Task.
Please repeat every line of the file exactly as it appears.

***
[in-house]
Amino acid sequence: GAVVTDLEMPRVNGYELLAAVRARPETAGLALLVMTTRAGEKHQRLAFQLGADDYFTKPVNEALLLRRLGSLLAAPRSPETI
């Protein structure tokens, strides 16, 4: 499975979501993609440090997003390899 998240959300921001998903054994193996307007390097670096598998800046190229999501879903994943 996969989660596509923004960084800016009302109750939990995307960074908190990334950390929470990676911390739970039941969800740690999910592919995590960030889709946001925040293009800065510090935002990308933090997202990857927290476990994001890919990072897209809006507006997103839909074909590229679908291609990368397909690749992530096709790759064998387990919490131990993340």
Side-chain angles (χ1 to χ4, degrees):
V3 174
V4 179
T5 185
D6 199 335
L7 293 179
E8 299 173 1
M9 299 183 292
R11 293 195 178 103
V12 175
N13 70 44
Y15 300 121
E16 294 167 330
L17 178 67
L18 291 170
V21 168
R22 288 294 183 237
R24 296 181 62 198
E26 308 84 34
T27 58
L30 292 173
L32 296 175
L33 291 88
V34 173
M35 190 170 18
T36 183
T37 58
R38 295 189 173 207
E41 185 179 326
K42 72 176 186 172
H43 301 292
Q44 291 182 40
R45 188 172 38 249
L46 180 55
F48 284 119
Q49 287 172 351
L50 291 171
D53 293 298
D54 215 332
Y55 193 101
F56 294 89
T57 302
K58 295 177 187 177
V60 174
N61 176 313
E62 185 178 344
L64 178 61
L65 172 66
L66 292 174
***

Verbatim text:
[in-house]
Amino acid sequence: GAVVTDLEMPRVNGYELLAAVRARPETAGLALLVMTTRAGEKHQRLAFQLGADDYFTKPVNEALLLRRLGSLLAAPRSPETI
């Protein structure tokens, strides 16, 4: 499975979501993609440090997003390899 998240959300921001998903054994193996307007390097670096598998800046190229999501879903994943 996969989660596509923004960084800016009302109750939990995307960074908190990334950390929470990676911390739970039941969800740690999910592919995590960030889709946001925040293009800065510090935002990308933090997202990857927290476990994001890919990072897209809006507006997103839909074909590229679908291609990368397909690749992530096709790759064998387990919490131990993340």
Side-chain angles (χ1 to χ4, degrees):
V3 174
V4 179
T5 185
D6 199 335
L7 293 179
E8 299 173 1
M9 299 183 292
R11 293 195 178 103
V12 175
N13 70 44
Y15 300 121
E16 294 167 330
L17 178 67
L18 291 170
V21 168
R22 288 294 183 237
R24 296 181 62 198
E26 308 84 34
T27 58
L30 292 173
L32 296 175
L33 291 88
V34 173
M35 190 170 18
T36 183
T37 58
R38 295 189 173 207
E41 185 179 326
K42 72 176 186 172
H43 301 292
Q44 291 182 40
R45 188 172 38 249
L46 180 55
F48 284 119
Q49 287 172 351
L50 291 171
D53 293 298
D54 215 332
Y55 193 101
F56 294 89
T57 302
K58 295 177 187 177
V60 174
N61 176 313
E62 185 178 344
L64 178 61
L65 172 66
L66 292 174